Tom Bazan's Reviews > They Like Jesus but Not the Church: Insights from Emerging Generations

They Like Jesus but Not the Church by Dan Kimball
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Jun 16, 2011

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The book has three parts: (1) "Why Emerging Generations are Changing;" (2) "What Emerging Generations Think About the Church;" and (3) "How the Church Can Respond."

He makes some good points about the changing culture. One of the premises of the book is that we live in a "post-Christian" culture. Although it might have been safe to assume that everyone--regardless of whether a person was a Christian, went to church, or had ever been to church--knew the basic ideas of Christianity, sin, etc., that is no longer the case. We are now foreigners in our culture. And, there are a lot of (mis)perceptions about Christianity in that culture. He points out that many (if not most) of those perceptions are based on few interactions, few relationships. Rather, they are based on something larger and more abstract, maybe television commentators or movie characters. Regardless, Christianity is becoming less and less mainstream. And, he argues, Christians are doing little to stop this. The "Christian bubble" essentially takes people from society and puts them into a subculture that wants nothing to do with the larger culture. Instead, he argues, the Church needs to go out and be a part of the greater culture. Bring the Gospel to people, rather than expecting the culture to come to church.

As a means of how churches can do this, he gives six negative things that "emerging generations" (people in their teens and twenties, mainly) think about the church. He claims that the people he interviewed for the book (upon which the six things are based) "like" Jesus but don't really like the church. He says that if the Church (or churches) could work on some of these things, then it might be more attractive to people outside of it. He says--later in the book--that the Christian subculture is a stumbling block (just like the cross is a stumbling block) to people even hearing the Gospel message. Yes, sin is a stumbling block; but the perception of Christianity is preventing people from hearing about sin, he argues.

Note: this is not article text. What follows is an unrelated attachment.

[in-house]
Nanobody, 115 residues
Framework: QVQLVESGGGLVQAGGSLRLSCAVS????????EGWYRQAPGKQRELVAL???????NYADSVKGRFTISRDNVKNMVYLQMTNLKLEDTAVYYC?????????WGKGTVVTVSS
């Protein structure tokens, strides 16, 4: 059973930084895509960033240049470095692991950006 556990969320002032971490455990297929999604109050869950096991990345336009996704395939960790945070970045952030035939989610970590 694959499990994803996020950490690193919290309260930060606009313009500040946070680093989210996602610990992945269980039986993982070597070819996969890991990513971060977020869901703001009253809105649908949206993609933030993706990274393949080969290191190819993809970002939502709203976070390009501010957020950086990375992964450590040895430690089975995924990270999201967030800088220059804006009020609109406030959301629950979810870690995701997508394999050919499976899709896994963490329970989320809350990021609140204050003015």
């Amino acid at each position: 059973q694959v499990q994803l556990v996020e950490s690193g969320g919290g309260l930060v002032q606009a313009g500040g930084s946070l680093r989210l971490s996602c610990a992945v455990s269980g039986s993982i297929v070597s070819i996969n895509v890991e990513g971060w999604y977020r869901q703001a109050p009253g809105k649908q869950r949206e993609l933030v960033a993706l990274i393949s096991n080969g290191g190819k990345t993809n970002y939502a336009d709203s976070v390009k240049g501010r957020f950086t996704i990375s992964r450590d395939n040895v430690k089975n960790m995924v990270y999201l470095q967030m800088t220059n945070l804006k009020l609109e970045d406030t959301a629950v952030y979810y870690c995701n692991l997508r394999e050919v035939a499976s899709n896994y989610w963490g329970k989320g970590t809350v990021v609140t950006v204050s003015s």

The six negatives are:
(1) The church is an "organized religion" with a political agenda
(2) The church is judgmental and negative
(3) The church is dominated by males and oppresses females
(4) The church is homophobic
(5) The church arrogantly claims all other religions are wrong
(6) The church is full of fundamentalists who take the whole Bible literally

Kimball, in response to these claims, tries to say that the Church should hold to what it believes--to hold to fundamentals (and other beliefs)--but might want to consider changing the way it projects those beliefs. The way that churches come across to visitors and outsiders could change some of these perceptions, he argues (even though the perceptions are mostly based on few--or no--interactions with Christians). In his defense, most of the suggestions that Kimball makes are good ones. Churches should watch how they are perceived, if for no other reason than because some of those perceptions might be true. Now he does say that churches should not change what they do based on what people outside of the church wish a church would be--and that needs to be echoed, because if they Church does not have something different, it is going to blend in and be irrelevant--but that doesn't mean that there is nothing that churches can do.

The biggest point I got from the book is similar to the purpose of Hybels' Just Walk Across the Room (and I know I'm using quite a few references to his books, even though I've only read two). Kimball was able to change some people's perceptions of the church because he interacted with them--built relationships with them. That is what I get from the book. We need to not stay inside our "holy huddle." Get outside of the building--the church is the people. And, the Church needs to train people for that purpose. Give people opportunities to learn, lead, and build each other up. That type of community will be something that people will go out and invite people to. And people will be attracted to it.

The book, he notes at the end, is not about getting better music or preaching or programs, but about having (and developing) a missional heart. We are all missionaries. A missionary doesn't just go into a foreign culture and not adapt to the local languages, practices, etc. Why, then, do we expect that we can be foreigners here and still be useful? That, I think, is his point.

Kimball's I Like Jesus But Not the Church (a pro-church book) is the companion to They Like Jesus . . ., but with answers to many of the questions he raises here. It is a book for those grappling from outside the church.


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